It really is amazing how much Dickens made this an autobiography that feels so much like he was speaking of himself. The memoirs and imagery is incredible. And Vance really is one of the greatest narrators out there. All of the characters breathe life and emotion and you really actually gain so much more from him reading it to you than you could ever get by yourself. Great stuff.
Never read the print but Tim Robbins did a wonderful job of reading it for me.
With legendary novels like The Great Gatsby it is very difficult to pick out the memorable moments but rather than going with instances like Daisy hitting Myrtle Wilson but I remember most the feeling I had after Nick blew off Jordan at the end. It really just capped off a story in which every single character had such a beautiful light shown on them at the very beginning and throughout the book, one by one, the lights begin to go out and I really began to hate the characters. And when Nick, himself, was fed up with the dispicableness of his peers, it only made sense that rather than step up and be the only hero of this book, he just acts like a dick to his girlfriend and lets his light go out with the rest.
You can actually come to believe that Tim Robbins must absolutely love this book. He reads with such enthusiasm and breathes so much life into these characters that every moment is a joy for what he'll do with the words just as much as what the words are going to convey.
This book made me laugh and go "WHOA!" It's a very emotional story that throws very disconcerting twists. Its probably an important book for kids to read so that they can learn about the things in life that we would never condone but still would never disclose.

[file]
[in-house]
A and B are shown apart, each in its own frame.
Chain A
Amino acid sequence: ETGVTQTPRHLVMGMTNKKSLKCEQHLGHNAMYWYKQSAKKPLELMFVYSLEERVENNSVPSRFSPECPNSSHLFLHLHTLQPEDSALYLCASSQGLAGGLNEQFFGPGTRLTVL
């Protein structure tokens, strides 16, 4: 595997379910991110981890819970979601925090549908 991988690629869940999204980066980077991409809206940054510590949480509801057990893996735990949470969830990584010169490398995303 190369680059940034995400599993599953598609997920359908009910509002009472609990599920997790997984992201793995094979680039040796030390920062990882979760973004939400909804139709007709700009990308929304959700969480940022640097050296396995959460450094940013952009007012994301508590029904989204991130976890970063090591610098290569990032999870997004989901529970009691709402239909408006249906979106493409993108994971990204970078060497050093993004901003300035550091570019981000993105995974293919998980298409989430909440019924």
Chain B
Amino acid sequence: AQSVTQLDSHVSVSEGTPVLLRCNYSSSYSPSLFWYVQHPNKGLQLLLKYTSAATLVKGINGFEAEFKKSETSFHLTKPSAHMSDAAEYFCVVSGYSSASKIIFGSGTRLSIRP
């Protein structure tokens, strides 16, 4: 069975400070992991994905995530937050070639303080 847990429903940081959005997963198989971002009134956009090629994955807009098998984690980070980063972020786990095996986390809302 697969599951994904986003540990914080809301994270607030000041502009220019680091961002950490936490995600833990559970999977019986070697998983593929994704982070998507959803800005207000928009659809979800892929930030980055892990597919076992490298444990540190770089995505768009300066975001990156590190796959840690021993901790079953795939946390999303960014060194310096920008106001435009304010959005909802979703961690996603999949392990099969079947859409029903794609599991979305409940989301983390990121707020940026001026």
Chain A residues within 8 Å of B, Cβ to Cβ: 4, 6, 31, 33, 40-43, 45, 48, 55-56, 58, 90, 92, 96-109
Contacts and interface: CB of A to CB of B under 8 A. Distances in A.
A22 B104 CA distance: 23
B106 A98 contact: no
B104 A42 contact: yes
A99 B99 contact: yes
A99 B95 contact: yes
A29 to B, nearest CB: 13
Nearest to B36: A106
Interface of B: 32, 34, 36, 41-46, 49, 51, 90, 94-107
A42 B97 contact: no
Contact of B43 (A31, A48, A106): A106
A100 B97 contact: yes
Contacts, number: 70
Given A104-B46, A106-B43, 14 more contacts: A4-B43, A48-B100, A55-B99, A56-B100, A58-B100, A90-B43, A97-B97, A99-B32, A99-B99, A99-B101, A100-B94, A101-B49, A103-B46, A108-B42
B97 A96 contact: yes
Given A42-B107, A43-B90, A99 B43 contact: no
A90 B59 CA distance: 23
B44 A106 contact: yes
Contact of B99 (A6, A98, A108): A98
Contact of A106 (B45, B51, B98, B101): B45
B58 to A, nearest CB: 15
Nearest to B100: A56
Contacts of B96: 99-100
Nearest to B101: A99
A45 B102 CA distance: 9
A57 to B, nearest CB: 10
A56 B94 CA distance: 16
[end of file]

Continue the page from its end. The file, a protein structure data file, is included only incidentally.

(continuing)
How many books have been written? Millions? If you take the time to think about that and then have the realization of how outstanding this book is, you may begin to understand the differences between writing and literature; between something interesting and something artful; between something worth remembering and something unforgettable.
So it goes... At first it seems kind of comical how Vonnegut has his hero say "so it goes" every time that somebody dies in this book but by the end of this too short a story, you really do feel the damage done to a soldier that had to endure the firebombing of Dresden and all the other horrors of war before anybody had any real grasp on the reality of PTSD.
Other than that little quip after anybody dies, I love the escape that the hero takes into Tralfamadore. Maybe I'm going too "high school english class" here but, to me, the whole alien aspect of this story was really just a way to make a crazy man feel better about his plight. It doesn't matter if he was really abducted or not; what matters is that this man is unwell; and for the reader, the story that this sick man tells us is so extraordinary that one cannot help but sit there and listen all the way through.
I loved everything about this story, especially the performance by Hawke. I may listen to these 6 extraordinary hours straight through a hundred times and I already know that I will love this book just as much each time.
So it goes...
Ethan Hawke's performance is one not to be missed and certainly one never to be forgotten. I sometimes get apprehensive when actors take on narration of novels but after what Hawke did here with Slaughterhouse Five, I feel compelled to experience anything that has the potential to be as much a true performance as simply a good reading.
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